When Labour’s business team are out with the great and the good from Britain’s boardrooms over a City dinner, there has of late been a moment when the convivial hum of chatter subsides – and someone mentions the mansion tax.
The planned charge, which would cost £250 a month for the owners of homes worth £2m-£3m – has become symbolic of Ed Miliband’s determination to shift the burden of taxation towards the wealthy.
It is not a business policy – Labour argues it is about fairness, and bringing some proportion back to Britain’s soaraway property market. But it encapsulates what some business leaders see as a deep suspicion of the rich – and thus of entrepreneurialism, aspiration, and a bundle of other things the post-Thatcher consensus decreed politicians must cherish.
The restoration of the 50p top rate of income tax is in the same category. It’s not couched as an anti-business measure: but it will hiturt bosses where it hurts.
When stirred together with rhetoric about corporate “predators”, and creating a new kind of capitalism many of Britain’s business leaders have, privately at least, expressed anxiety about the prospect of a Labour government.
Hence Ed Balls’s difficulty in mustering any heavy-hitting Labour-supporting business leaders when he was caught out by the question on Tuesday’s Newsnight.
Both Balls and the shadow business secretary Chuka Umunna receive a ready welcome in their relentless trek around the small firms of Britain, whose owners tend to like the party’s policies on apprenticeships, infrastructure and cutting business rates.
But at FTSE 100 level, there is more scepticism, even despite Labour’s supposed trump card – its opposition to Britain leaving the EU. It is a far cry from the Blair years, when top bosses by the score signed letters to the Financial Times backing New Labour.
Several former Labour supporters have gone public with their concerns. Simon Woodroffe, founder of restaurant chain Yo! Sushi, who appeared in a 2004 party political broadcast for Labour, said last week he was now scared by its approach to business. His tone was echoed by the Carphone Warehouse founder Sir Charles Dunstone, who backed the party when Tony Blair was leader, but said he was frightened by the prospect of a Labour victory. Even donors apparently have their doubts. Lord Noon, the ready-meal tycoon, who has continued to give money to the party since Miliband took over, admitted Labour had a problem with the perception that it doesn’t understand business.
Miliband’s team believe it does Labour no harm at all to pick a fight with big business – or at least to hit back hard when attacked, as they did last week when Boots boss Stefano Pessina warned that electing Labour would be a “catastrophe”.
There are at least three reasons for this calculated gamble. First, they believe the public’s attitude to the men and women Margaret Thatcher’s muse Keith Joseph called “wealth creators” has fundamentally changed since Tony Blair’s assiduous wooing of the corporate world in the run-up to 1997.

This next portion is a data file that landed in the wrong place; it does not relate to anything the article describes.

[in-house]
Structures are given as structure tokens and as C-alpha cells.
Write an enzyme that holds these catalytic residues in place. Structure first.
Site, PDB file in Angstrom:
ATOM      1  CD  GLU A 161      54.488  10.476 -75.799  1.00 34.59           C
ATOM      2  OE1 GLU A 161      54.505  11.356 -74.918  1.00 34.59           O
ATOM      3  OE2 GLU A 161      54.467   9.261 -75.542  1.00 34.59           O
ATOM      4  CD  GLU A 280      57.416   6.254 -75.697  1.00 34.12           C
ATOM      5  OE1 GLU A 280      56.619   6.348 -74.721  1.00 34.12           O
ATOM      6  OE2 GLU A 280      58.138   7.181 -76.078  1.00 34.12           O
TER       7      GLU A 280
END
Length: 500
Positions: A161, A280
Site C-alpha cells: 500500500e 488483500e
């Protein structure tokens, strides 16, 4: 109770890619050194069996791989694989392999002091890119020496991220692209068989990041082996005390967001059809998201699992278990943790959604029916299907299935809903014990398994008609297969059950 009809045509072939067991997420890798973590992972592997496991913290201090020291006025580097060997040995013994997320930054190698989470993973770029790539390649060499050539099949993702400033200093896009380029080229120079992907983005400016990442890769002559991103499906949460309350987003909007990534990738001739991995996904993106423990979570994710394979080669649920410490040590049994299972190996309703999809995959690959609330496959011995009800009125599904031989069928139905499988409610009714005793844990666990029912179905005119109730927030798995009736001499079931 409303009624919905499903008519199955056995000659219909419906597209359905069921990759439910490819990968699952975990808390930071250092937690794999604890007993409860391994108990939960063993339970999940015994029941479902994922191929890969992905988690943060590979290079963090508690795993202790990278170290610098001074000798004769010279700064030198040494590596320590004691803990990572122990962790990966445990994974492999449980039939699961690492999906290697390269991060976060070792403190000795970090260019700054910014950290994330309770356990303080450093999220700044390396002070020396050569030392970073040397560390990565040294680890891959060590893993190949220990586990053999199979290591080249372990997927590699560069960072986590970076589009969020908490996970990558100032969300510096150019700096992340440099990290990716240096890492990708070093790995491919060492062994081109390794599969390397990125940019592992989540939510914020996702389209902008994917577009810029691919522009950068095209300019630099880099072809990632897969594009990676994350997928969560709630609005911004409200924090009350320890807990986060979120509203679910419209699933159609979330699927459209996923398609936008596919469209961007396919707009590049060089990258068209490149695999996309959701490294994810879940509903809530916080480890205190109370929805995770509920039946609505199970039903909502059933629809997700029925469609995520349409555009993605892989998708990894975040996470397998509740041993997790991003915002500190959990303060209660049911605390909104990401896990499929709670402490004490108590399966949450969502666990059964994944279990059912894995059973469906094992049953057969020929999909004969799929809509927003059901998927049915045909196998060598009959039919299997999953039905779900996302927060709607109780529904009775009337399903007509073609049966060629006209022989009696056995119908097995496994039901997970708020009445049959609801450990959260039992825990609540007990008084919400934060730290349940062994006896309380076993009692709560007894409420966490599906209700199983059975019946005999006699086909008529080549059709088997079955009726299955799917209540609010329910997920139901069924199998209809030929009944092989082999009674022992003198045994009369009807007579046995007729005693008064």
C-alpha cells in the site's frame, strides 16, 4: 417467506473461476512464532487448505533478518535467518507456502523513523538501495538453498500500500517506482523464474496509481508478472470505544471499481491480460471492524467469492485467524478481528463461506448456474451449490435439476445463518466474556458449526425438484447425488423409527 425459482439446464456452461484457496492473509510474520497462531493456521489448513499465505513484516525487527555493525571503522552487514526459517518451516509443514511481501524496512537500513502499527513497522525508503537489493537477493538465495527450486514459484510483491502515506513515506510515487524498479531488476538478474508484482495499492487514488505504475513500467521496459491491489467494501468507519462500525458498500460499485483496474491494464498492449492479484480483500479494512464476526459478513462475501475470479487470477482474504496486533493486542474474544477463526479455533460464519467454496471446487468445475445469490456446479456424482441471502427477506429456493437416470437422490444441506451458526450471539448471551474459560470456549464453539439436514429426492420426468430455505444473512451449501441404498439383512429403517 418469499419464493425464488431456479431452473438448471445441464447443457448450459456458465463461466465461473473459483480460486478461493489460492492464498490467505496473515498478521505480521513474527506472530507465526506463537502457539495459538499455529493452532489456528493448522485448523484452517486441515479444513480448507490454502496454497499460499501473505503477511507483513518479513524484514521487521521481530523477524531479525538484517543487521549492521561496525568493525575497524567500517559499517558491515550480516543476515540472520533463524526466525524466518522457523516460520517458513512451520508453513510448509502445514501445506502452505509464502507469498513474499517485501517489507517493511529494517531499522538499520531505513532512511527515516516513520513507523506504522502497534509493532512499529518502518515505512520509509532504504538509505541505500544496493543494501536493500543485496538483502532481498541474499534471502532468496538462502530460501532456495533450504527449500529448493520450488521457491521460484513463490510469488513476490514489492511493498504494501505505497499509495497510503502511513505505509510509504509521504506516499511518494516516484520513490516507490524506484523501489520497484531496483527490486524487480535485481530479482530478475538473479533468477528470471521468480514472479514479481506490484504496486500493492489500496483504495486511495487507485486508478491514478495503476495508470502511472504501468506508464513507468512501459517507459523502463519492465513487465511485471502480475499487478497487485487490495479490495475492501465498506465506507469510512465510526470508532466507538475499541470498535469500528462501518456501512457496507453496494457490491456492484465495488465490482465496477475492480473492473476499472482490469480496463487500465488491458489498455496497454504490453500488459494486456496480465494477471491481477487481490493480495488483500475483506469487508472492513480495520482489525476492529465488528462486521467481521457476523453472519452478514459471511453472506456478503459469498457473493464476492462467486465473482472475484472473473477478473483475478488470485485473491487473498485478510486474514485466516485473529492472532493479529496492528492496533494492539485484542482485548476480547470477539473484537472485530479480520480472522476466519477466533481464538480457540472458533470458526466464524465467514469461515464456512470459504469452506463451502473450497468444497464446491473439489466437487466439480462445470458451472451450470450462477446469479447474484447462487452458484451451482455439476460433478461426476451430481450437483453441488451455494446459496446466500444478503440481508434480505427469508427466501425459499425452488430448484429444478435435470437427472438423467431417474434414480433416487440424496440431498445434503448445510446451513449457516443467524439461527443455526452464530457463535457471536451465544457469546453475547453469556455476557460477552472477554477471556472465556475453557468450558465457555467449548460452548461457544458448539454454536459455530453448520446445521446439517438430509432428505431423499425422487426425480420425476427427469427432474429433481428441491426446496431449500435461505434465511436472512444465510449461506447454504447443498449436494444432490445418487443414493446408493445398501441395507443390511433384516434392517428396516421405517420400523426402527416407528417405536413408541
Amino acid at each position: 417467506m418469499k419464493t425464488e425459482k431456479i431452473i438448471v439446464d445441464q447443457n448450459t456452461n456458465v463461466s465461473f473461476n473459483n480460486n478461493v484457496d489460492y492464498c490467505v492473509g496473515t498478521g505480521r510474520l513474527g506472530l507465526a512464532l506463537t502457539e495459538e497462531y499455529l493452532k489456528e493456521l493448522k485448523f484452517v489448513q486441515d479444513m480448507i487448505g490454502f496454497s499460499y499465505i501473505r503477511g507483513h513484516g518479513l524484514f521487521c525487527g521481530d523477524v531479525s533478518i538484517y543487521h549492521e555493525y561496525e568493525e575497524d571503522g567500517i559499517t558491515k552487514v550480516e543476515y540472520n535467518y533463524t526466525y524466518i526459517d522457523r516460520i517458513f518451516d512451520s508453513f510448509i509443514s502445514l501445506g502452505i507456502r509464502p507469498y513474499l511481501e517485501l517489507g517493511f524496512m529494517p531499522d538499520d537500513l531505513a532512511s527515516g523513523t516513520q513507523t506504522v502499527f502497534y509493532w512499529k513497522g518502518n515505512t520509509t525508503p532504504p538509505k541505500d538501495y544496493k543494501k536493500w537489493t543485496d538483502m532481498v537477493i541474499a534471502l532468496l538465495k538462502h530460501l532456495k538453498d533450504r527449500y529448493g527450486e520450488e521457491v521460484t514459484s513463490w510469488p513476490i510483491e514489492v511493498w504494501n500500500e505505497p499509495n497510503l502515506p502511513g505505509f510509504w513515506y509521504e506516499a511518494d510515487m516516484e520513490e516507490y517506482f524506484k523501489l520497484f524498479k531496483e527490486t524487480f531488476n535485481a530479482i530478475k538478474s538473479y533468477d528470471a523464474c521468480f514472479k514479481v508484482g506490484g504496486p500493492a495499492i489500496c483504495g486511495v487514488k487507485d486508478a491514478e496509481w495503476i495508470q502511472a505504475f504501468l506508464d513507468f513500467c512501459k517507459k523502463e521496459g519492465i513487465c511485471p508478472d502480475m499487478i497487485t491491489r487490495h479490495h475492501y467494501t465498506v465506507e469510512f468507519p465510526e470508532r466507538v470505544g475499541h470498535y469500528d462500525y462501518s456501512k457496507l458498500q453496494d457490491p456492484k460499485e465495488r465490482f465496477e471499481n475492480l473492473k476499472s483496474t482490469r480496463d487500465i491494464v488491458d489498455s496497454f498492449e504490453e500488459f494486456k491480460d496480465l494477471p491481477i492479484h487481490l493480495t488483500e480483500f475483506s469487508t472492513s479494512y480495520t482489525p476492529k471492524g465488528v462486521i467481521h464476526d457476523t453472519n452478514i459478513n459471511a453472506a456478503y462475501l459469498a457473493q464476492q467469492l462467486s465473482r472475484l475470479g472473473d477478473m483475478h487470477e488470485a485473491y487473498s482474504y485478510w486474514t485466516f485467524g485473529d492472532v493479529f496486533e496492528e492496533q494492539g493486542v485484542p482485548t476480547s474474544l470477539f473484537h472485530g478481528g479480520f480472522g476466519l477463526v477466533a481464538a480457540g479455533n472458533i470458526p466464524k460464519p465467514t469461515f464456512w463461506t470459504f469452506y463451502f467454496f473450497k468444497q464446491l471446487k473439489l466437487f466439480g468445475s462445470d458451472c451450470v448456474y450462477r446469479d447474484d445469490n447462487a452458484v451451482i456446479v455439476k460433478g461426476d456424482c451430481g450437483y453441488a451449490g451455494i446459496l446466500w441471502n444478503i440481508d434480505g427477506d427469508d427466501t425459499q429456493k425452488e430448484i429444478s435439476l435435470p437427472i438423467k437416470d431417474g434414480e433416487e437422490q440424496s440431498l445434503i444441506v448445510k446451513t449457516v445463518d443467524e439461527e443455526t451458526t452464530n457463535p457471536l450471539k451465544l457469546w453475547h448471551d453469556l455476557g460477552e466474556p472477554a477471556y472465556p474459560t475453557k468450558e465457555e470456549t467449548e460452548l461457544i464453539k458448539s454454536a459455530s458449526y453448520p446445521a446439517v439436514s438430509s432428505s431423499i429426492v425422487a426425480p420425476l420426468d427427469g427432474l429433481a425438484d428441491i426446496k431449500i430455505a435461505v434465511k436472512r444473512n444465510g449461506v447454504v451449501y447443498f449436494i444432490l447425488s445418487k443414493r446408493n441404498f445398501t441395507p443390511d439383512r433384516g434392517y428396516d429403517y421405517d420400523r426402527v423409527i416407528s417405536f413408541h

After the global financial crisis that plunged the economy into the deepest recession in living memory, Labour believes that corporate bosses are no longer highly regarded nor viewed as wise, neutral stewards of UK plc.
Instead, after a string of scandals and cons (from payment protection insurance to libor fixing, Tesco’s accounting woes and Wonga’s huge rates of interest), Labour reckons cynical British voters regard their bosses as better at lining their own pockets than pronouncing on the future of public policy.
Labour believes its anti-business stance plays particularly well with the kind of working class, anti-establishment voters who might be potential Ukip converts.
Second, Ed M, as Labour insiders call him, has made clear that he wants to champion a different kind of politics – not the Punch and Judy kind that includes party leaders saying “my business mates are bigger or more credible than yours”.
Third, they believe that where necessary, as in the Pessina punch-up, they can spear business leaders, and paint them as more concerned about the risk Labour poses to their personal finances than any of its business policies.
But however solid Labour’s reasoning, there are also big risks for the party on the business terrain as the general election campaign approaches. Veterans of the mid-1990s charm offensive by Blair and his lieutenants are muttering darkly about the dangers of ignoring business support.
Business leaders’ credentials may be tarnished by the crash, but if the news agenda is dominated for several days, as this week, by the narrative that business doesn’t back Labour, it may play on voters’ doubts about whether the party can be trusted with the fragile economic recovery.
The tricky subject of Labour’s relationship with business also exposes a rift, or at best a difference of tone, between the two Eds.
Despite his late night memory lapse, Balls is not heard castigating corporate predators. He expends every bit as much energy on courting capitalists as Blair’s team did. He and Ummuna think of themselves as the party’s ambassadors to business. But some who have been at lobbying events with Miliband claim he is disengaged, uninterested, and sometimes appears not to have done his homework on the attendant money men.
The more the question of business backers plays, the greater the threat that a difference of substance, as well as style, is revealed between the two Eds.
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